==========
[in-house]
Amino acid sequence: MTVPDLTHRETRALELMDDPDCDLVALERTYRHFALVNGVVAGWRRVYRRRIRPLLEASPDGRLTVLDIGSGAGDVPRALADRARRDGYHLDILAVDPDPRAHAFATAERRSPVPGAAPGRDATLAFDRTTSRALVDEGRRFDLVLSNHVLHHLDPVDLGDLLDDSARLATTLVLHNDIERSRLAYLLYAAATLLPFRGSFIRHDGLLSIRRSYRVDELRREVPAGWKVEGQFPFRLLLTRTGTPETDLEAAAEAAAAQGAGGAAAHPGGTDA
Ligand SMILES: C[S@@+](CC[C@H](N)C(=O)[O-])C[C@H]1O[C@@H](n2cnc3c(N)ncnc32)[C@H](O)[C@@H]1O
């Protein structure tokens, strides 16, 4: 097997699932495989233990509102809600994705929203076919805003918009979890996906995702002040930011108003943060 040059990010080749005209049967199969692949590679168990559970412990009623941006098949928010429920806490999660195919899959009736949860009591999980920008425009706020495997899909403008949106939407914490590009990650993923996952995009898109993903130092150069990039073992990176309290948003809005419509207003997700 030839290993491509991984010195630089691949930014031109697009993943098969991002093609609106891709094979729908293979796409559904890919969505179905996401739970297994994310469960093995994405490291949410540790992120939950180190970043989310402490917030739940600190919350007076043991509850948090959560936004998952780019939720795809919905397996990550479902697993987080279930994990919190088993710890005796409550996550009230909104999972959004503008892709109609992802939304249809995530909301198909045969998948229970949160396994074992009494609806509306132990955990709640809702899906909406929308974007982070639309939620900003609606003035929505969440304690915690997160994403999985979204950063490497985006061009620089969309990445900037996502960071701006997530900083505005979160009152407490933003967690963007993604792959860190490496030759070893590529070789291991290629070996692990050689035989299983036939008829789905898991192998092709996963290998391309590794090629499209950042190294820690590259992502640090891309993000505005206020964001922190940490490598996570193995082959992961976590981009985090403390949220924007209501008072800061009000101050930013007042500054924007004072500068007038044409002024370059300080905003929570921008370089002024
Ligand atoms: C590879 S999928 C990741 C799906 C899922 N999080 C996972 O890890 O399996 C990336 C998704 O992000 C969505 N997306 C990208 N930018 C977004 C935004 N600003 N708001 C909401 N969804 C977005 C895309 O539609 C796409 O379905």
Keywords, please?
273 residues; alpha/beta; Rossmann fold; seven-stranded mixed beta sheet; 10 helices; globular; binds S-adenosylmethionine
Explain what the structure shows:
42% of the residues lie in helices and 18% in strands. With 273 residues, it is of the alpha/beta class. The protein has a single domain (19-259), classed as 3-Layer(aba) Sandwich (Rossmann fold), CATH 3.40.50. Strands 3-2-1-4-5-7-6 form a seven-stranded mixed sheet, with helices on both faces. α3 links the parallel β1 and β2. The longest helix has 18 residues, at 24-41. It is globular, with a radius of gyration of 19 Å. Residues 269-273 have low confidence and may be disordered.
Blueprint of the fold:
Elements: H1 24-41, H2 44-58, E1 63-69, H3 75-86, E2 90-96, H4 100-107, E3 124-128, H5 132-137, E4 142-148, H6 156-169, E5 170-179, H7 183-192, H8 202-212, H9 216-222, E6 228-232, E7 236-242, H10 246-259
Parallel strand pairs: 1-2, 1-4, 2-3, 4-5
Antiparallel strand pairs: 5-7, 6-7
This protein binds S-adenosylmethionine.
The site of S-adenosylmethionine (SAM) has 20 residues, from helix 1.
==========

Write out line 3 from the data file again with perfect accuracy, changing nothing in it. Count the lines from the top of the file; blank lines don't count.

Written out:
Ligand SMILES: C[S@@+](CC[C@H](N)C(=O)[O-])C[C@H]1O[C@@H](n2cnc3c(N)ncnc32)[C@H](O)[C@@H]1O